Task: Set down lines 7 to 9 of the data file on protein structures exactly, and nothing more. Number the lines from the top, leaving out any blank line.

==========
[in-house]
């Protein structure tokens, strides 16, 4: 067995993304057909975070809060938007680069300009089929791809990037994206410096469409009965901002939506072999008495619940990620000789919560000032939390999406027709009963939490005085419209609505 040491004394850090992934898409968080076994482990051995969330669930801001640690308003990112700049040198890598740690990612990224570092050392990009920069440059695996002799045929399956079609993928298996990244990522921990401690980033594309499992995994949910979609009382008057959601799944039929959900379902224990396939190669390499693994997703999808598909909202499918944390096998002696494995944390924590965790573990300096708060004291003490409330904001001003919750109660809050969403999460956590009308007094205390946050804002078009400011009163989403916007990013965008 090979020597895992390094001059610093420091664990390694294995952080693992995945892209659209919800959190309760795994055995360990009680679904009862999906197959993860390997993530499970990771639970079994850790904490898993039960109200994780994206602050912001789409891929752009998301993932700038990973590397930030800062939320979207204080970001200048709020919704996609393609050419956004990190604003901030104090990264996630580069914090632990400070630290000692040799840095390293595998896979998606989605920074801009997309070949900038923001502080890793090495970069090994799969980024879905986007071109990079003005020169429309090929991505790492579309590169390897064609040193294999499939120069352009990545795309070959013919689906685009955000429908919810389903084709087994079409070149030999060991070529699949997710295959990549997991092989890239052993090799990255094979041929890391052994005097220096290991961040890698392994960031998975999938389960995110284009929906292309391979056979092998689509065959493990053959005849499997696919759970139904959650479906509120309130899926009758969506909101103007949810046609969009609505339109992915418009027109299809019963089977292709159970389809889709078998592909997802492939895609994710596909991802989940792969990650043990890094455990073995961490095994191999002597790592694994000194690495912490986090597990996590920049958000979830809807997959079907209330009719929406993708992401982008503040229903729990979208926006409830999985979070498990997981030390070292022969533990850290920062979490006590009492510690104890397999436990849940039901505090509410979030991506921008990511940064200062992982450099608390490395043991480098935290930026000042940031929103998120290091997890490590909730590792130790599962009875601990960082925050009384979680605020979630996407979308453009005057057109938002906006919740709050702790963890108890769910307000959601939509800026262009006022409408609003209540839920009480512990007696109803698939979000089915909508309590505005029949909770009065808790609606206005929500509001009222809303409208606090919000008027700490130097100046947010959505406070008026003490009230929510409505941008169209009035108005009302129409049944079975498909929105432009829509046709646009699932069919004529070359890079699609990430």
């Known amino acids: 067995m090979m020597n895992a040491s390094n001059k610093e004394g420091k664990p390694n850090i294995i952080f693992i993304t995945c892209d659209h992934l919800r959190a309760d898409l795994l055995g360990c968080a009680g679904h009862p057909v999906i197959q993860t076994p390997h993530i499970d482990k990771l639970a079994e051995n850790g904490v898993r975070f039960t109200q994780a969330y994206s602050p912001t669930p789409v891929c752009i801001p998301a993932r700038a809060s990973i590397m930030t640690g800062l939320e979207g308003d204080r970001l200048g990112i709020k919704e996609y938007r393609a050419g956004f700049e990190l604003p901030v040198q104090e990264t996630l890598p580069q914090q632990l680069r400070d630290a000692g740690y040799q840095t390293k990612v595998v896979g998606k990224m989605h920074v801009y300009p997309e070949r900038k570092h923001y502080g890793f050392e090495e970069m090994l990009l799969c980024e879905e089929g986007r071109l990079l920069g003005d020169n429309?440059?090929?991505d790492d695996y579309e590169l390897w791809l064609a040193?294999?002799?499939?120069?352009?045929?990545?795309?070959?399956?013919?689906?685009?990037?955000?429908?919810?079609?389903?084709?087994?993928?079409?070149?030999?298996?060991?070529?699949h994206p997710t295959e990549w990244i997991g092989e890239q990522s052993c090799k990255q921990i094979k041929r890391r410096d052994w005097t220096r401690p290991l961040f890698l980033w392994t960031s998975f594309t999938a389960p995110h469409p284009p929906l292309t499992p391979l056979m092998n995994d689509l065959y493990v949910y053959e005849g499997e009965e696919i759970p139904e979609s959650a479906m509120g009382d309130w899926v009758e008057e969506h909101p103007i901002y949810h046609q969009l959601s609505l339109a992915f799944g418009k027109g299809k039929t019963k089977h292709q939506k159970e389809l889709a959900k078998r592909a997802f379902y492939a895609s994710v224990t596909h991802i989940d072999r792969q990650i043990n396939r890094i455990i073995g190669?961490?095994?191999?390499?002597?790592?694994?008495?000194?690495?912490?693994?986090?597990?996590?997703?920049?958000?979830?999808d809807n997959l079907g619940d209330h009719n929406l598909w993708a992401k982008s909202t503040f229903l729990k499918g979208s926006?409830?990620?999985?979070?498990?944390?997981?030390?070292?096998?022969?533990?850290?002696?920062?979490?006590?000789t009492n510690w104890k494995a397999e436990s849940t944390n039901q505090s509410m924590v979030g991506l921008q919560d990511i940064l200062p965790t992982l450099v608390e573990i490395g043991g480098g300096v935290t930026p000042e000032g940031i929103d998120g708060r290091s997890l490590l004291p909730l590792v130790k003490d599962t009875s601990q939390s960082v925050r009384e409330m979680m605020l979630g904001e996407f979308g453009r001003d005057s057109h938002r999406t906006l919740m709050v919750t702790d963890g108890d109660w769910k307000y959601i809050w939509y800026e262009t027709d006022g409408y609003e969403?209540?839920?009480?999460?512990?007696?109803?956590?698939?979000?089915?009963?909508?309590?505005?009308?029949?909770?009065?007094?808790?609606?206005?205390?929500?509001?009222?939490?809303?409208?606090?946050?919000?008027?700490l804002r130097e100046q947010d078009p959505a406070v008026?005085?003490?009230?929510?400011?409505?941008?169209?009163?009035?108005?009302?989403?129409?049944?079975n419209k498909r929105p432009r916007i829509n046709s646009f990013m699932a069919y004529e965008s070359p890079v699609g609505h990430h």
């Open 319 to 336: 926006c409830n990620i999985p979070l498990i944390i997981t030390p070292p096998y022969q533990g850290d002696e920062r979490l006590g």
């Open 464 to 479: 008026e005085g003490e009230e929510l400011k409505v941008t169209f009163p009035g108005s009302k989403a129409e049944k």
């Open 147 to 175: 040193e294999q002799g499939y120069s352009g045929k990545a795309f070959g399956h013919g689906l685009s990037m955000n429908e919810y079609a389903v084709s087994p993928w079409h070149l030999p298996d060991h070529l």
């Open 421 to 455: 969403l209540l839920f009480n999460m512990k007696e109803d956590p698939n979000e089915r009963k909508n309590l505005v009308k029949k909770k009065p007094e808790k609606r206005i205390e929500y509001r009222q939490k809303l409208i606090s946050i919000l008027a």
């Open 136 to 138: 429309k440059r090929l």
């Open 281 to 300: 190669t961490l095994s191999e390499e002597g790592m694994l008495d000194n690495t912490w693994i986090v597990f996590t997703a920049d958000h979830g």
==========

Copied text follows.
């Open 421 to 455: 969403l209540l839920f009480n999460m512990k007696e109803d956590p698939n979000e089915r009963k909508n309590l505005v009308k029949k909770k009065p007094e808790k609606r206005i205390e929500y509001r009222q939490k809303l409208i606090s946050i919000l008027a």
């Open 136 to 138: 429309k440059r090929l």
């Open 281 to 300: 190669t961490l095994s191999e390499e002597g790592m694994l008495d000194n690495t912490w693994i986090v597990f996590t997703a920049d958000h979830g």